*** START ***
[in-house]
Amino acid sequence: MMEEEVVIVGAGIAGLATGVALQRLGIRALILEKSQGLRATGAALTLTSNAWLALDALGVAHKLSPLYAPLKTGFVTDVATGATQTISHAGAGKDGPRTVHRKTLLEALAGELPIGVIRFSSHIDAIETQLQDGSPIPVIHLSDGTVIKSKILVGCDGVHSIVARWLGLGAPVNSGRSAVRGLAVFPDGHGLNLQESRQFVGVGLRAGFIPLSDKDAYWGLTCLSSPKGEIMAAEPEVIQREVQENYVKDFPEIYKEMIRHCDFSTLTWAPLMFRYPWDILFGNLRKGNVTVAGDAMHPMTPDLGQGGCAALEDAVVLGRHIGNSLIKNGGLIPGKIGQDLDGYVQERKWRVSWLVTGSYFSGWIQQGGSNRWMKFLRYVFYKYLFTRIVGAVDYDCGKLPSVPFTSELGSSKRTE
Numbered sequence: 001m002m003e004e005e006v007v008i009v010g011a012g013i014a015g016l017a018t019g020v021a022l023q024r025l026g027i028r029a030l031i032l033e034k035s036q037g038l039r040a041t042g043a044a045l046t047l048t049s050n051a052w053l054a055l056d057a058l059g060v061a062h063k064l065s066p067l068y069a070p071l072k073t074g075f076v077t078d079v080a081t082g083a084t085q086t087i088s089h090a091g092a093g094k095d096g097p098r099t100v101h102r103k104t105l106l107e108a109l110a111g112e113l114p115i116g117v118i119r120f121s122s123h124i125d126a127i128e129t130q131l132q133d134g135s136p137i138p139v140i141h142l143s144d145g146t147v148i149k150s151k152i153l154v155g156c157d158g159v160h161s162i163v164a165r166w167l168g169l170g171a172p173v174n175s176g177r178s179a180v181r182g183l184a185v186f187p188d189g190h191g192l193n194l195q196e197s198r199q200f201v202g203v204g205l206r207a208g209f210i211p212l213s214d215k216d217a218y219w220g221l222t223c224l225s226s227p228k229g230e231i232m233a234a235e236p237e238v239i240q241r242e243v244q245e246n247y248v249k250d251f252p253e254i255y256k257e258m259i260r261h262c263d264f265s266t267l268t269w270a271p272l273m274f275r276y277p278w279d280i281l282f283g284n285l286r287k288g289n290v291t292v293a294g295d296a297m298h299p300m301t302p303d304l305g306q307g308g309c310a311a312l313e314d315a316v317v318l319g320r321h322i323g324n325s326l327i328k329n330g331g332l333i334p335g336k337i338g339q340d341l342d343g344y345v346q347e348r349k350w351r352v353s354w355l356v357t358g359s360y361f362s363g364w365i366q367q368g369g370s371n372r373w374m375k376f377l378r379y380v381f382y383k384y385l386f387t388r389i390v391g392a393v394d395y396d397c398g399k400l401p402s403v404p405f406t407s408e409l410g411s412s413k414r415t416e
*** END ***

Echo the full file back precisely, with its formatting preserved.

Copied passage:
[in-house]
Amino acid sequence: MMEEEVVIVGAGIAGLATGVALQRLGIRALILEKSQGLRATGAALTLTSNAWLALDALGVAHKLSPLYAPLKTGFVTDVATGATQTISHAGAGKDGPRTVHRKTLLEALAGELPIGVIRFSSHIDAIETQLQDGSPIPVIHLSDGTVIKSKILVGCDGVHSIVARWLGLGAPVNSGRSAVRGLAVFPDGHGLNLQESRQFVGVGLRAGFIPLSDKDAYWGLTCLSSPKGEIMAAEPEVIQREVQENYVKDFPEIYKEMIRHCDFSTLTWAPLMFRYPWDILFGNLRKGNVTVAGDAMHPMTPDLGQGGCAALEDAVVLGRHIGNSLIKNGGLIPGKIGQDLDGYVQERKWRVSWLVTGSYFSGWIQQGGSNRWMKFLRYVFYKYLFTRIVGAVDYDCGKLPSVPFTSELGSSKRTE
Numbered sequence: 001m002m003e004e005e006v007v008i009v010g011a012g013i014a015g016l017a018t019g020v021a022l023q024r025l026g027i028r029a030l031i032l033e034k035s036q037g038l039r040a041t042g043a044a045l046t047l048t049s050n051a052w053l054a055l056d057a058l059g060v061a062h063k064l065s066p067l068y069a070p071l072k073t074g075f076v077t078d079v080a081t082g083a084t085q086t087i088s089h090a091g092a093g094k095d096g097p098r099t100v101h102r103k104t105l106l107e108a109l110a111g112e113l114p115i116g117v118i119r120f121s122s123h124i125d126a127i128e129t130q131l132q133d134g135s136p137i138p139v140i141h142l143s144d145g146t147v148i149k150s151k152i153l154v155g156c157d158g159v160h161s162i163v164a165r166w167l168g169l170g171a172p173v174n175s176g177r178s179a180v181r182g183l184a185v186f187p188d189g190h191g192l193n194l195q196e197s198r199q200f201v202g203v204g205l206r207a208g209f210i211p212l213s214d215k216d217a218y219w220g221l222t223c224l225s226s227p228k229g230e231i232m233a234a235e236p237e238v239i240q241r242e243v244q245e246n247y248v249k250d251f252p253e254i255y256k257e258m259i260r261h262c263d264f265s266t267l268t269w270a271p272l273m274f275r276y277p278w279d280i281l282f283g284n285l286r287k288g289n290v291t292v293a294g295d296a297m298h299p300m301t302p303d304l305g306q307g308g309c310a311a312l313e314d315a316v317v318l319g320r321h322i323g324n325s326l327i328k329n330g331g332l333i334p335g336k337i338g339q340d341l342d343g344y345v346q347e348r349k350w351r352v353s354w355l356v357t358g359s360y361f362s363g364w365i366q367q368g369g370s371n372r373w374m375k376f377l378r379y380v381f382y383k384y385l386f387t388r389i390v391g392a393v394d395y396d397c398g399k400l401p402s403v404p405f406t407s408e409l410g411s412s413k414r415t416e